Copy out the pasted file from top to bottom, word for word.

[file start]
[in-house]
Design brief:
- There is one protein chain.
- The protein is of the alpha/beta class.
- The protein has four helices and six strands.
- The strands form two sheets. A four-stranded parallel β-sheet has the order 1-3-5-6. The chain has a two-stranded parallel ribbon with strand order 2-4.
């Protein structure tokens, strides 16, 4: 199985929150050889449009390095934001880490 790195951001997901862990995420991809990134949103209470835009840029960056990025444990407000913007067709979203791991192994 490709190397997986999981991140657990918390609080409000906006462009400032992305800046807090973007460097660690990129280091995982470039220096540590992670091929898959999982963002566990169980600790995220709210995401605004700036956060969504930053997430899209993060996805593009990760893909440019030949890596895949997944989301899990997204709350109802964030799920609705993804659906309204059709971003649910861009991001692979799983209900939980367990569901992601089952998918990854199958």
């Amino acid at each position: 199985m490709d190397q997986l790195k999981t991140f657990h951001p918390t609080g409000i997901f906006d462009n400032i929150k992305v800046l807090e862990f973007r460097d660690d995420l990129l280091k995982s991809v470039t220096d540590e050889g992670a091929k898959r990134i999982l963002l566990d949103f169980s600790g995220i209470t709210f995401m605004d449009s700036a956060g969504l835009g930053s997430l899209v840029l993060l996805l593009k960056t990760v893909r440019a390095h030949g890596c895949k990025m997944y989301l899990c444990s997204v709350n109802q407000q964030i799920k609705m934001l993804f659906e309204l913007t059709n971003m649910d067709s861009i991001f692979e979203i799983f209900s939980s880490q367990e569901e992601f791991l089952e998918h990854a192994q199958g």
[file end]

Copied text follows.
[in-house]
Design brief:
- There is one protein chain.
- The protein is of the alpha/beta class.
- The protein has four helices and six strands.
- The strands form two sheets. A four-stranded parallel β-sheet has the order 1-3-5-6. The chain has a two-stranded parallel ribbon with strand order 2-4.
């Protein structure tokens, strides 16, 4: 199985929150050889449009390095934001880490 790195951001997901862990995420991809990134949103209470835009840029960056990025444990407000913007067709979203791991192994 490709190397997986999981991140657990918390609080409000906006462009400032992305800046807090973007460097660690990129280091995982470039220096540590992670091929898959999982963002566990169980600790995220709210995401605004700036956060969504930053997430899209993060996805593009990760893909440019030949890596895949997944989301899990997204709350109802964030799920609705993804659906309204059709971003649910861009991001692979799983209900939980367990569901992601089952998918990854199958």
């Amino acid at each position: 199985m490709d190397q997986l790195k999981t991140f657990h951001p918390t609080g409000i997901f906006d462009n400032i929150k992305v800046l807090e862990f973007r460097d660690d995420l990129l280091k995982s991809v470039t220096d540590e050889g992670a091929k898959r990134i999982l963002l566990d949103f169980s600790g995220i209470t709210f995401m605004d449009s700036a956060g969504l835009g930053s997430l899209v840029l993060l996805l593009k960056t990760v893909r440019a390095h030949g890596c895949k990025m997944y989301l899990c444990s997204v709350n109802q407000q964030i799920k609705m934001l993804f659906e309204l913007t059709n971003m649910d067709s861009i991001f692979e979203i799983f209900s939980s880490q367990e569901e992601f791991l089952e998918h990854a192994q199958g």